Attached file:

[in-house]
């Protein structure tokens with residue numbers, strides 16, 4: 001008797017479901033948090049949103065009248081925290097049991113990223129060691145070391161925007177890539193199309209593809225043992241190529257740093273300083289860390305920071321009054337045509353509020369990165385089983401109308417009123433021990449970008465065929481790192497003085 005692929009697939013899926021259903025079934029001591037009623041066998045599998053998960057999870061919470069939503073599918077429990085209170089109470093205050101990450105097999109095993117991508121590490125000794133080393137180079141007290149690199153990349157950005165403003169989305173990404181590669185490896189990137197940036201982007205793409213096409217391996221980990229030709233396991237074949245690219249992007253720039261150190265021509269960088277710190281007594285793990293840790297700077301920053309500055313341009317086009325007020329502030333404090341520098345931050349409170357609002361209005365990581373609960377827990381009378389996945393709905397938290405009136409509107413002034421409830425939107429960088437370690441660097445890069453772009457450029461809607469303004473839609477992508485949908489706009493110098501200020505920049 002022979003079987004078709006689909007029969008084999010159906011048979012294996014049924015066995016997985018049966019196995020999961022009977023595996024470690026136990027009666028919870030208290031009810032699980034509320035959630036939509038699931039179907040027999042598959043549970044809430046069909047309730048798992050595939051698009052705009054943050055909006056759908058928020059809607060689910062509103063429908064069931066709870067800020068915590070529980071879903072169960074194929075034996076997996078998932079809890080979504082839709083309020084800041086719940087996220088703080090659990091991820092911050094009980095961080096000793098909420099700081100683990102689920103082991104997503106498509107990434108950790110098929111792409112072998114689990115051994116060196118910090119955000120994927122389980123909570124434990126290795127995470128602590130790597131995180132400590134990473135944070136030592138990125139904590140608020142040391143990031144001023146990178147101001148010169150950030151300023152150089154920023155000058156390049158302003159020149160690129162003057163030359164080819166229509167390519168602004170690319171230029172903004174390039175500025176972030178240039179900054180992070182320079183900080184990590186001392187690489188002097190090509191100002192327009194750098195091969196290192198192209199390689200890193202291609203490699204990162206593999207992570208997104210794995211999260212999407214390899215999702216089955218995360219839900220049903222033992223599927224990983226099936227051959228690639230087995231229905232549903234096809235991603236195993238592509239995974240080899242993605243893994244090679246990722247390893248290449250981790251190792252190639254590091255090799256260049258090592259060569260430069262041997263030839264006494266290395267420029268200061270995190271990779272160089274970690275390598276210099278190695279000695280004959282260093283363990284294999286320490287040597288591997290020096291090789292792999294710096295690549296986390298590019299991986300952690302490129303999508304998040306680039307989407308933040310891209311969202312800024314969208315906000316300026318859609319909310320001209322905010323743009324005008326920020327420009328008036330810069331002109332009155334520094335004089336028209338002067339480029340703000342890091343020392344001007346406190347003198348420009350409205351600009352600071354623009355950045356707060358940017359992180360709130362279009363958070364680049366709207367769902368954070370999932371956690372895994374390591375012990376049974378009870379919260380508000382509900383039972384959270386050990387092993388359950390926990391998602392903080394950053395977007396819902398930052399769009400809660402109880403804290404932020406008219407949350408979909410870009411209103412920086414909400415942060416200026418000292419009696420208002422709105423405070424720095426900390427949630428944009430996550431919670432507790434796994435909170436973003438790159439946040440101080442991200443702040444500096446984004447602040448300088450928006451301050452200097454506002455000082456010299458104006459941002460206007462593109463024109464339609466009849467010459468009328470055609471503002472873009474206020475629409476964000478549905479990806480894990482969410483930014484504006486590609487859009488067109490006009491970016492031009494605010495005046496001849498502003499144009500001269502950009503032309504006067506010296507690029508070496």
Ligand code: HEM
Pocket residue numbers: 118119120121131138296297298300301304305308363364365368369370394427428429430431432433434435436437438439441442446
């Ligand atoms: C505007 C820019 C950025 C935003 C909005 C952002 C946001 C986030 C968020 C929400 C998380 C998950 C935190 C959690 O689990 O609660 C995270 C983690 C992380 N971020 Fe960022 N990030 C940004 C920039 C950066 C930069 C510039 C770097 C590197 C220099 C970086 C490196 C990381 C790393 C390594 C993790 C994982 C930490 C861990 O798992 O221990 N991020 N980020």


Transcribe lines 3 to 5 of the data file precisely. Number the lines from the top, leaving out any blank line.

Ligand code: HEM
Pocket residue numbers: 118119120121131138296297298300301304305308363364365368369370394427428429430431432433434435436437438439441442446
């Ligand atoms: C505007 C820019 C950025 C935003 C909005 C952002 C946001 C986030 C968020 C929400 C998380 C998950 C935190 C959690 O689990 O609660 C995270 C983690 C992380 N971020 Fe960022 N990030 C940004 C920039 C950066 C930069 C510039 C770097 C590197 C220099 C970086 C490196 C990381 C790393 C390594 C993790 C994982 C930490 C861990 O798992 O221990 N991020 N980020």